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As expected, AsiaSat’s annual report confirmed last year’s decline in revenues and operating profits, but the company’s prospects under newly-appointed CEO Andrew Jordan was significantly more optimistic in the Hong Kong-based satellite operator’s expectations for 2017.
AsiaSat’s 2016 numbers showed 2016 revenue of HK$1,272 million (€152.8m), down 3 per cent compared to 2015 primarily due to reduced short-term revenue from AsiaSat 3S. 2016 profit attributable to owners maintained at HK$430 million (2015: HK$440 million), as a result of lower income tax charges following the reversal of a provision made in previous years.
Combined new and renewed contracts during the year valued at HK$1,870 million (2015: HK$1,310 million). As at December 31st 2016, the value of contracts on hand increased by 16 per cent to HK$4,067 million (2015: HK$3,517 million).
Utilisation of AsiaSat 4, AsiaSat 5, AsiaSat 6 and AsiaSat 7 as of December 31st 2016 stood at 67 per cent (99 transponders utilised), with AsiaSat 8’s entire Ku-band payload fully leased at 4 degrees West and AsiaSat 3S operating in inclined orbit to provide service in Asia.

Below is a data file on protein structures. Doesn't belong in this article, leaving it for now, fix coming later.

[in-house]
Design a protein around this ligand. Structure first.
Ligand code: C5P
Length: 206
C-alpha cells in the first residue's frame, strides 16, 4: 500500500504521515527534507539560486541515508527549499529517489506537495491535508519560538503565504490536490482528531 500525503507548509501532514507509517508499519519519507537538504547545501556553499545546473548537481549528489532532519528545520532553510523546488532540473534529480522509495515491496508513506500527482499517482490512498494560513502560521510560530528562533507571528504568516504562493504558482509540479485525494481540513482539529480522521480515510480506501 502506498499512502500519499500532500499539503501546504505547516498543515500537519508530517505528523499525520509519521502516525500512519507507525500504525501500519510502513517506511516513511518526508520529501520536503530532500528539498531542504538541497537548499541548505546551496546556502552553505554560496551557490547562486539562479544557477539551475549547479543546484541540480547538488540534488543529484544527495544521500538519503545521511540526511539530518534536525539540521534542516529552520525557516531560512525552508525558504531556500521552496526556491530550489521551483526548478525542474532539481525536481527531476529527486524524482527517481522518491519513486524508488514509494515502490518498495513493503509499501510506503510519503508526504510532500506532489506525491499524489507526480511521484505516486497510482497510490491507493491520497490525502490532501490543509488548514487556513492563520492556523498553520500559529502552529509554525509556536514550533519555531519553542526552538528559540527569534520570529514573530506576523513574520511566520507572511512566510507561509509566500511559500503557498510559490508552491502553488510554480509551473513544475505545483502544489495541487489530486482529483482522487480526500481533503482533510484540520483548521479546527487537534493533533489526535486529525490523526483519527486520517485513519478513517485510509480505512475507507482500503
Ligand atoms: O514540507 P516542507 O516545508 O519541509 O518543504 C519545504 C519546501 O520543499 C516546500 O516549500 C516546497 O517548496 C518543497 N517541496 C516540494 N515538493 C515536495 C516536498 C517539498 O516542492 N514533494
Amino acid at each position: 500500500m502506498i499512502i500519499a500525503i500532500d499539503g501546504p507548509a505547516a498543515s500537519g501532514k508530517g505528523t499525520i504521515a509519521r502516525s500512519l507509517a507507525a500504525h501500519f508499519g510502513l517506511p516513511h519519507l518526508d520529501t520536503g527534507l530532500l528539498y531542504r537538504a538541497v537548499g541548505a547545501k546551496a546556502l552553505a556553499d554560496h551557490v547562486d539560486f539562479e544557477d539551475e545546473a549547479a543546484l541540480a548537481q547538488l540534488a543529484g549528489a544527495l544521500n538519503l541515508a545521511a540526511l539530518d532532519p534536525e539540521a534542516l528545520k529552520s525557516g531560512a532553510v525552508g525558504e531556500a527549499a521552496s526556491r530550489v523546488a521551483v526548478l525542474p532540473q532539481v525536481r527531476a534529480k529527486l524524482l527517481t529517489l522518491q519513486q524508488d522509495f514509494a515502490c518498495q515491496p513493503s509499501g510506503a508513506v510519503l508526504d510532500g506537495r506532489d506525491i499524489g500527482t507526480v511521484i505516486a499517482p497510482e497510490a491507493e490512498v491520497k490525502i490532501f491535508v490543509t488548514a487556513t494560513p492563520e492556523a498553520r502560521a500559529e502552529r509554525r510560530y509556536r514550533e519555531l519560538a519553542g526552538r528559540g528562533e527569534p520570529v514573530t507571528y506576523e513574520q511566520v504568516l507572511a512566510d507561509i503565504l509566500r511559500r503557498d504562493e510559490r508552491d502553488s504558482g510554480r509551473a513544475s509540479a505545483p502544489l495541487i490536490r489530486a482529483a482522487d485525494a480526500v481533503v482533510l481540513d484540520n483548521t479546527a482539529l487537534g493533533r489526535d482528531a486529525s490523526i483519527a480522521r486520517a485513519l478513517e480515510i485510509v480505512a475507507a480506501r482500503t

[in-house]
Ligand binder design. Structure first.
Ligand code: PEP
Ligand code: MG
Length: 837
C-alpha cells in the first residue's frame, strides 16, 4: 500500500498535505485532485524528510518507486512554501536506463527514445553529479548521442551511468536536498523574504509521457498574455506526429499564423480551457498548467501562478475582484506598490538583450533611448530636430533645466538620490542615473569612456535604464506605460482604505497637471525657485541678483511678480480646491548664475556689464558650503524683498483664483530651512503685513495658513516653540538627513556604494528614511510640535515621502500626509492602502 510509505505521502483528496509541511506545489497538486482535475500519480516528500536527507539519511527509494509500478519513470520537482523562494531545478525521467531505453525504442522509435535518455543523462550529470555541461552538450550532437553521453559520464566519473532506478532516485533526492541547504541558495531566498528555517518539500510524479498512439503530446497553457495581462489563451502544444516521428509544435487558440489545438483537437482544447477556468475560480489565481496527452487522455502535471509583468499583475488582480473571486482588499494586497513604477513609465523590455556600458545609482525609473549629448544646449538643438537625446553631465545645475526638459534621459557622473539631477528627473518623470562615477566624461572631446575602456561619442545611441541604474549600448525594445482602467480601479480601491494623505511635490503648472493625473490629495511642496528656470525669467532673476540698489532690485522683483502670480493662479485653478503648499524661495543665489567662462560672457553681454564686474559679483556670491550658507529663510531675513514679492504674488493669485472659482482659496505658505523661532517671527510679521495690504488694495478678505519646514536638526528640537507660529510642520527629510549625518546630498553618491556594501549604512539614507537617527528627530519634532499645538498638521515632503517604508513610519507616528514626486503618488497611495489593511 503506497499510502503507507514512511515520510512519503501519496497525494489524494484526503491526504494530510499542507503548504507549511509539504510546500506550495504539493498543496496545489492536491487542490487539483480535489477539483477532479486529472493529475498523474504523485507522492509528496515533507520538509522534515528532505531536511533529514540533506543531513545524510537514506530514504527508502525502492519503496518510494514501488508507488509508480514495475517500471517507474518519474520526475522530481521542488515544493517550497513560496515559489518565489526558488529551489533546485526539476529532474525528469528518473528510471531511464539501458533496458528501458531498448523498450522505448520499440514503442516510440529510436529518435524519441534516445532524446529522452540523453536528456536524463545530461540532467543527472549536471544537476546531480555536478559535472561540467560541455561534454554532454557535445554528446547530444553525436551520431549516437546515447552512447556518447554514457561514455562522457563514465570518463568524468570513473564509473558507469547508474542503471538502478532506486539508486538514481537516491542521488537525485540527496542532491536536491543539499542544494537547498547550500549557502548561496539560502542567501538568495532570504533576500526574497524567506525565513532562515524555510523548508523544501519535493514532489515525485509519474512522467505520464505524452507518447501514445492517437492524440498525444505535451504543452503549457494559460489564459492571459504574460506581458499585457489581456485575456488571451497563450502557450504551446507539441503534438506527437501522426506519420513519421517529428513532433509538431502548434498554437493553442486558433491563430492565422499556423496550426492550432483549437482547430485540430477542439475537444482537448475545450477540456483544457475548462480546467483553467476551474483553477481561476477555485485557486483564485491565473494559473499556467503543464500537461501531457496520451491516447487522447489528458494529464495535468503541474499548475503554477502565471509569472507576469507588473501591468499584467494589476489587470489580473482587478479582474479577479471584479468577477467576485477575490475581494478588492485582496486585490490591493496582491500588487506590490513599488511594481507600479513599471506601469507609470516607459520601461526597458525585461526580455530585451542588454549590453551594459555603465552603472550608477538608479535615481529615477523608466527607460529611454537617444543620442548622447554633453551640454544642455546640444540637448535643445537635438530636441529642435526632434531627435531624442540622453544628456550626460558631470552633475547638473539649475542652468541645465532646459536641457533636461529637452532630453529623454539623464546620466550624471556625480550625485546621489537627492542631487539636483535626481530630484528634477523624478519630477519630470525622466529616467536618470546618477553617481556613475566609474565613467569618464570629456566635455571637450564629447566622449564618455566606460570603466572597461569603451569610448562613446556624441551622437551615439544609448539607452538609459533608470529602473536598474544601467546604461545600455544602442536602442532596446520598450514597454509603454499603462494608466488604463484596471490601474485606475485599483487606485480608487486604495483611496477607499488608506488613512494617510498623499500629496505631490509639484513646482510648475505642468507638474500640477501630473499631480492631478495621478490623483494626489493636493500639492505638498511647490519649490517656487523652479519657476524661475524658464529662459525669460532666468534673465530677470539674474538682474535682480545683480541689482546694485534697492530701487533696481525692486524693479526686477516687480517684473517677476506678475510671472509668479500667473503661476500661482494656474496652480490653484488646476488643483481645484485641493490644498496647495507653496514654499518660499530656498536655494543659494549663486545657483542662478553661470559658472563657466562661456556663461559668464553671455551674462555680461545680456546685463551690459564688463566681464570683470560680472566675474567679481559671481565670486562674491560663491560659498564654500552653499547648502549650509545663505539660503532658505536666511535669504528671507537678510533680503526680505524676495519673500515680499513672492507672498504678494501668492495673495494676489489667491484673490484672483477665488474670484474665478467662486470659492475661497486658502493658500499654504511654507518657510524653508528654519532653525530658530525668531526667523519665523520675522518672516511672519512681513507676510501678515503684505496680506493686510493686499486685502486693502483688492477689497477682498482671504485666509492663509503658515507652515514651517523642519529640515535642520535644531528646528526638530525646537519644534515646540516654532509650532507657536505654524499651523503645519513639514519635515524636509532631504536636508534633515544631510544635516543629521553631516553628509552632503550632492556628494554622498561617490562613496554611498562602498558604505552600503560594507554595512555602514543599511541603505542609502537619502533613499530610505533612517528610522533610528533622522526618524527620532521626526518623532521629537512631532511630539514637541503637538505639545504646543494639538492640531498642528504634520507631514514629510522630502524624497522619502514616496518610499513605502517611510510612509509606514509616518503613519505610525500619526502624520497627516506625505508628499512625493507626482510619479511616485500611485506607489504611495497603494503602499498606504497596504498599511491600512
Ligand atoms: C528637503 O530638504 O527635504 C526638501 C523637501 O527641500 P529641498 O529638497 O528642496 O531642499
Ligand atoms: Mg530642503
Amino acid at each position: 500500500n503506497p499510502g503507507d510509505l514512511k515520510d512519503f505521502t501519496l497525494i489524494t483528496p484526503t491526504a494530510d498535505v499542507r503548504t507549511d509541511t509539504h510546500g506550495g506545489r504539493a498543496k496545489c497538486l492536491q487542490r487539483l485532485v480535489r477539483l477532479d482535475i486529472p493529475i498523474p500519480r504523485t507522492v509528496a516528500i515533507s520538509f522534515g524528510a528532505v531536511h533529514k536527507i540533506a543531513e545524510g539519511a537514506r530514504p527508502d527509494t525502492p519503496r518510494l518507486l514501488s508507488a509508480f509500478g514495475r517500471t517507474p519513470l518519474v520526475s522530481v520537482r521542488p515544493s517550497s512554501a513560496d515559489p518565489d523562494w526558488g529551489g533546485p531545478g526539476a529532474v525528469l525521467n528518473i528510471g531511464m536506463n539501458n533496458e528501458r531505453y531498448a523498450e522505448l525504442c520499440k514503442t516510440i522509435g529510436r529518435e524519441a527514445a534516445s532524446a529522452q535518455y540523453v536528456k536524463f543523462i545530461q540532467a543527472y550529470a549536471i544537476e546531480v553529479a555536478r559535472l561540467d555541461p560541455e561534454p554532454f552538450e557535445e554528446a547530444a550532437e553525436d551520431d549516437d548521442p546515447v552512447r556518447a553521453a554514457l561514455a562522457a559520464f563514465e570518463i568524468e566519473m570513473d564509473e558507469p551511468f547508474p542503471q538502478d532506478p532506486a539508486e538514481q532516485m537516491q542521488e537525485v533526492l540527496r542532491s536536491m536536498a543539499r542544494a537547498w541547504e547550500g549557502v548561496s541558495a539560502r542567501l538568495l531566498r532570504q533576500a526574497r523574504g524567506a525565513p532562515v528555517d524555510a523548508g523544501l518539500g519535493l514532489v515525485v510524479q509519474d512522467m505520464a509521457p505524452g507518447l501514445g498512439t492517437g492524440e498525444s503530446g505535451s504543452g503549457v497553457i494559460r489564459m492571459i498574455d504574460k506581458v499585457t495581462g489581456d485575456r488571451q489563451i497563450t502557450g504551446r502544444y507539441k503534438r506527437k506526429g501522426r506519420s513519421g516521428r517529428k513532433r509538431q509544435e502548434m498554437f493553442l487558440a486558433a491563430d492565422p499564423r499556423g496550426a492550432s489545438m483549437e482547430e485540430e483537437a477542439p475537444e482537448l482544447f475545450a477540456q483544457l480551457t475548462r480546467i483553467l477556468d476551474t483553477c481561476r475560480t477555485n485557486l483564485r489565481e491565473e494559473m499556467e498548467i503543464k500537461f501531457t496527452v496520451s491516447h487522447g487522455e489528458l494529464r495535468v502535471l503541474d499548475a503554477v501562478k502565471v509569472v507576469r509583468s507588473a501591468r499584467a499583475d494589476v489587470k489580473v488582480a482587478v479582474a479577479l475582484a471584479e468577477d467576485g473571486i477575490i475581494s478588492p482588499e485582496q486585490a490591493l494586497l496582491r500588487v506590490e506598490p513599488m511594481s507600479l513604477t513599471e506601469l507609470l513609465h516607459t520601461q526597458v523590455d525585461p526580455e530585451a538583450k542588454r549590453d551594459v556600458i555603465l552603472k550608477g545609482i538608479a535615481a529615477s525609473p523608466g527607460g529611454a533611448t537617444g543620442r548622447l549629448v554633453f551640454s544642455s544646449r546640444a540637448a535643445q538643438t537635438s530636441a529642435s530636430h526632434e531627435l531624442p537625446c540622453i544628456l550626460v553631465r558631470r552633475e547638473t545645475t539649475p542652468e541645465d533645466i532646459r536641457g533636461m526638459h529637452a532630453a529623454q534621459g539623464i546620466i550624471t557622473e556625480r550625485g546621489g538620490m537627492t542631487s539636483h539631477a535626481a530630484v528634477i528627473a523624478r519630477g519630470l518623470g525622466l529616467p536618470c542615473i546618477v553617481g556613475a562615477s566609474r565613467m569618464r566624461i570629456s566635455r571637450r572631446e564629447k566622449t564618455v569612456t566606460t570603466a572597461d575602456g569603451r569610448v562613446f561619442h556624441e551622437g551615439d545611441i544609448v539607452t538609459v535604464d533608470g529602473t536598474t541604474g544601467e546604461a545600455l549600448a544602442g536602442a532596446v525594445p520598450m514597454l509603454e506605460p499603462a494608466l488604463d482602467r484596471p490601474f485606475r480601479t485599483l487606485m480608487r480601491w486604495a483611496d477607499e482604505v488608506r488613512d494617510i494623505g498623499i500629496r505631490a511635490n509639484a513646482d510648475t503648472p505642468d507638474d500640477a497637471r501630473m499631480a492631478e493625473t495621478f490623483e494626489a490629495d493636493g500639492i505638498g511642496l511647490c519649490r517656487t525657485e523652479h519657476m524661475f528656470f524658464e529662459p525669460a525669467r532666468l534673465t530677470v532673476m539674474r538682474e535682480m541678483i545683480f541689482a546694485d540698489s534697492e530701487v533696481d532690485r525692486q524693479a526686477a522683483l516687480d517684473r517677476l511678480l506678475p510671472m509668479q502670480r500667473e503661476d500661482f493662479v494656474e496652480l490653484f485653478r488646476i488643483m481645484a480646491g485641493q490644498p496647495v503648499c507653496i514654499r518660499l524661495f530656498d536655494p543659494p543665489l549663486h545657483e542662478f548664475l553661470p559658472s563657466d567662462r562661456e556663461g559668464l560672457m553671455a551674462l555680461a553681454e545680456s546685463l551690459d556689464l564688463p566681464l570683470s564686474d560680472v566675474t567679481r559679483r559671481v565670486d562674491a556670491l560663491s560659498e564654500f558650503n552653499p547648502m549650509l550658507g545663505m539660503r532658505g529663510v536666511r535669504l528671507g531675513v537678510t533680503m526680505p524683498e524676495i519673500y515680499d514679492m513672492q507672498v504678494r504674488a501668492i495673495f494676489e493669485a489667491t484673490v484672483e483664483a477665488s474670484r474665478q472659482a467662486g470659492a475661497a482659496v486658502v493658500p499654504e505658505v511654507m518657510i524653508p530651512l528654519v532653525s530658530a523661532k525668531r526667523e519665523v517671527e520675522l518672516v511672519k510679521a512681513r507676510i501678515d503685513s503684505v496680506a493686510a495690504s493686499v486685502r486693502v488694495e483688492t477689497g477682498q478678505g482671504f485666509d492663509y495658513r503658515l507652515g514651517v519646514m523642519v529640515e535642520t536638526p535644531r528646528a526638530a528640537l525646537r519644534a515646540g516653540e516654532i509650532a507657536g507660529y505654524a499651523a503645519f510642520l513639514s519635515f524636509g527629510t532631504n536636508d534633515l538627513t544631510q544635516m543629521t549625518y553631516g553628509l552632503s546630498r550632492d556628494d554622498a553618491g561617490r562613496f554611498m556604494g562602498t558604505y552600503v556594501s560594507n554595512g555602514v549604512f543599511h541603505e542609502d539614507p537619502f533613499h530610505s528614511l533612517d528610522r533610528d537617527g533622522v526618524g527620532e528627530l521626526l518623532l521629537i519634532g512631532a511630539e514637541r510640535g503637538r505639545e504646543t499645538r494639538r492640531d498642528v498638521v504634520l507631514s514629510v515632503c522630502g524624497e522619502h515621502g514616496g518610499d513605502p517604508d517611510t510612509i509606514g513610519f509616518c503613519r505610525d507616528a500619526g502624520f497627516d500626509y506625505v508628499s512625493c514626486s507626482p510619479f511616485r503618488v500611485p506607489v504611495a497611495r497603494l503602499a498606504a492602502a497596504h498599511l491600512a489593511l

Indeed, it is this above mentioned lease of AsiaSat 8 by Israel’s Spacecom that will be the cornerstone of its 2017 uptick in revenues. Spacecom is paying $22 million a year, for at least 4 years, to rent AsiaSat 8.
AsiaSat 9, a replacement for AsiaSat 4 and planned for launch in late 2017, will offer additional capacity serving new markets for DTH, regional video distribution, private networks and broadband services.
AsiaSat’s Chairman, JU Wei Min, said, “In the coming year, the Board of Directors is cautiously optimistic on the economic prospects for the region, which, despite relatively flat indicators for some markets continues to invest in new telecommunications and media infrastructure, as well as renewing and updating existing facilities. New DTH platforms focused on smaller emerging markets remain attractive, especially given the need for relevant local-language services.”